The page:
Republican presidential candidate Mitt Romney has picked up campaign endorsements from key Tim Pawlenty supporters, reports the Washington Post.

Romney received the backing of Vin Weber, a former Minnesota congressman and current lobbyist who served as national co-chairman of Pawlenty's campaign.

It is an honor to again work with Mitt Romney, Weber said in a statement. At such a critical time in our nation's history, it is important that we have someone with his background to lead the country.

 In Iowa, Romney picked up the endorsements of State Rep. Linda Miller and Dallas Country Recorder Chad Airhart, both former Pawlenty supporters.

Pawlenty, a former two-term governor of Minnesota, dropped out of the presidential race on Aug.14 after a disappointing third-place finish in the Ames Straw Poll in Iowa, behind of Reps. Michelle Bachmann (R-Minn) and Ron Paul (R-Texas). The straw poll, although mostly a contest of bragging rights, often tests the strength of a presidential candidate's campaign in terms of staffing, financing and grassroots support.

Romney decided to skip the straw poll and has been focusing less on Iowa this year than during his last presidential campaign, where he ended up finishing second to former Arkansas Gov. Mike Huckabee in the Iowa Caucus.  Still, the Romney campaign still wants a strong showing in the state and will likely need Pawlenty supporters on his team in order to accomplish that task.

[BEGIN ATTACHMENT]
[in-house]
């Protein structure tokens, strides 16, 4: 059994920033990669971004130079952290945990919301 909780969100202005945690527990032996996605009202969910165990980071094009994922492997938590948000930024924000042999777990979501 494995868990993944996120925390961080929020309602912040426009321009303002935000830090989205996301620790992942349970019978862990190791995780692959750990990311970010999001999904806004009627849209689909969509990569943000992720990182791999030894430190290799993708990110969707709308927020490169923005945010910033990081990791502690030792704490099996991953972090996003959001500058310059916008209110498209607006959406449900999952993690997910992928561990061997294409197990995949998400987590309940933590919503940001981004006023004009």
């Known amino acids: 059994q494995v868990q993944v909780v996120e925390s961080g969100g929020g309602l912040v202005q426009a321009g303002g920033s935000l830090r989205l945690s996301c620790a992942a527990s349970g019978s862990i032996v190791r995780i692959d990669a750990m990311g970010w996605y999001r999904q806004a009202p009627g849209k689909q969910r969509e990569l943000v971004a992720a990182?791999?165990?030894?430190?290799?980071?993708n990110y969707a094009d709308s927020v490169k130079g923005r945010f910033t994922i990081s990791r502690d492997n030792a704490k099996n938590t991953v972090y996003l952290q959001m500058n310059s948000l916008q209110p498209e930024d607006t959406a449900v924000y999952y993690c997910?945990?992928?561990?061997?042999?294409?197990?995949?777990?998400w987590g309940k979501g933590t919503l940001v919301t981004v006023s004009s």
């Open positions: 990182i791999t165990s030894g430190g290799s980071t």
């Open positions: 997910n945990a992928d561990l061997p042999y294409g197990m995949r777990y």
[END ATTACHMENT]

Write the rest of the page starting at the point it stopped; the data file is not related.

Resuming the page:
Romney is sometimes regarded as the frontrunner in the campaign by political analysts, although that status has been challenged by the rapid rise Bachmann (R-MN), along with the entrance of Texas Gov. Rick Perry into the primary race. Both Bachmann and Perry are favorites of the Tea Party, and while Romney has shifted rightward on a variety of issues, some in the Tea Party have given his candidacy a chilly reception.

Furthermore, Romney will also have to contend with Jon Huntsman, a former governor of Utah who most recently served as U.S. Ambassador to China. With Bachmann and Perry receiving strong Tea Party support, Huntsman has tried to portray himself as a more moderate candidate better suited to take on President Obama in the general election.